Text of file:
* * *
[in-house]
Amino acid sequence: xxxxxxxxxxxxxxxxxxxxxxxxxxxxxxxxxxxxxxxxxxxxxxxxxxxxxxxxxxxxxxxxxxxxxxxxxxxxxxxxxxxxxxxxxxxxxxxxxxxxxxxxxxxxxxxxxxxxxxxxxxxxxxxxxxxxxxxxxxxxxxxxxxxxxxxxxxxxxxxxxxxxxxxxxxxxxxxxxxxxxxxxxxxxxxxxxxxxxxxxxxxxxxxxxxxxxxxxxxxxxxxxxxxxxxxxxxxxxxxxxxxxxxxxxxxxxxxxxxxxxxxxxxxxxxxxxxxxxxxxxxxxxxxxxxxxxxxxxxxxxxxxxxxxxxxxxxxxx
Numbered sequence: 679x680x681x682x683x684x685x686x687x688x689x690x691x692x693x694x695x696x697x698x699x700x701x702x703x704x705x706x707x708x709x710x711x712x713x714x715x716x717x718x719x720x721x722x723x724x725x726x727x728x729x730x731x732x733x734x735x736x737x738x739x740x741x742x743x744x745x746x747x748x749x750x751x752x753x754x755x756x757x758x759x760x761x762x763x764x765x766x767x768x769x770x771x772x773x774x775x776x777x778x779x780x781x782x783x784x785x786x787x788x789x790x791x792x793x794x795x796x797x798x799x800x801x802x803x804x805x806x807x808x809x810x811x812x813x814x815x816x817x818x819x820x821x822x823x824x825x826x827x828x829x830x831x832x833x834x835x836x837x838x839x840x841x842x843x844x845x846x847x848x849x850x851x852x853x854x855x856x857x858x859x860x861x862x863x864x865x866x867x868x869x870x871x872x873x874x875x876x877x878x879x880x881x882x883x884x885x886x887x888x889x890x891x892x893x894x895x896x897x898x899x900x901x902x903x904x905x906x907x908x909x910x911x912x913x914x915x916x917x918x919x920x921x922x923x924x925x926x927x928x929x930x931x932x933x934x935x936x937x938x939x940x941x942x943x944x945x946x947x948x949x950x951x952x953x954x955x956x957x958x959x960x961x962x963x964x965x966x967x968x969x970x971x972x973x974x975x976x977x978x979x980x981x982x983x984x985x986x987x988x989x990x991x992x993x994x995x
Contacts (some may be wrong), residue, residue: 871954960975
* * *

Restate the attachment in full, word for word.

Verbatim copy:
[in-house]
Amino acid sequence: xxxxxxxxxxxxxxxxxxxxxxxxxxxxxxxxxxxxxxxxxxxxxxxxxxxxxxxxxxxxxxxxxxxxxxxxxxxxxxxxxxxxxxxxxxxxxxxxxxxxxxxxxxxxxxxxxxxxxxxxxxxxxxxxxxxxxxxxxxxxxxxxxxxxxxxxxxxxxxxxxxxxxxxxxxxxxxxxxxxxxxxxxxxxxxxxxxxxxxxxxxxxxxxxxxxxxxxxxxxxxxxxxxxxxxxxxxxxxxxxxxxxxxxxxxxxxxxxxxxxxxxxxxxxxxxxxxxxxxxxxxxxxxxxxxxxxxxxxxxxxxxxxxxxxxxxxxxxx
Numbered sequence: 679x680x681x682x683x684x685x686x687x688x689x690x691x692x693x694x695x696x697x698x699x700x701x702x703x704x705x706x707x708x709x710x711x712x713x714x715x716x717x718x719x720x721x722x723x724x725x726x727x728x729x730x731x732x733x734x735x736x737x738x739x740x741x742x743x744x745x746x747x748x749x750x751x752x753x754x755x756x757x758x759x760x761x762x763x764x765x766x767x768x769x770x771x772x773x774x775x776x777x778x779x780x781x782x783x784x785x786x787x788x789x790x791x792x793x794x795x796x797x798x799x800x801x802x803x804x805x806x807x808x809x810x811x812x813x814x815x816x817x818x819x820x821x822x823x824x825x826x827x828x829x830x831x832x833x834x835x836x837x838x839x840x841x842x843x844x845x846x847x848x849x850x851x852x853x854x855x856x857x858x859x860x861x862x863x864x865x866x867x868x869x870x871x872x873x874x875x876x877x878x879x880x881x882x883x884x885x886x887x888x889x890x891x892x893x894x895x896x897x898x899x900x901x902x903x904x905x906x907x908x909x910x911x912x913x914x915x916x917x918x919x920x921x922x923x924x925x926x927x928x929x930x931x932x933x934x935x936x937x938x939x940x941x942x943x944x945x946x947x948x949x950x951x952x953x954x955x956x957x958x959x960x961x962x963x964x965x966x967x968x969x970x971x972x973x974x975x976x977x978x979x980x981x982x983x984x985x986x987x988x989x990x991x992x993x994x995x
Contacts (some may be wrong), residue, residue: 871954960975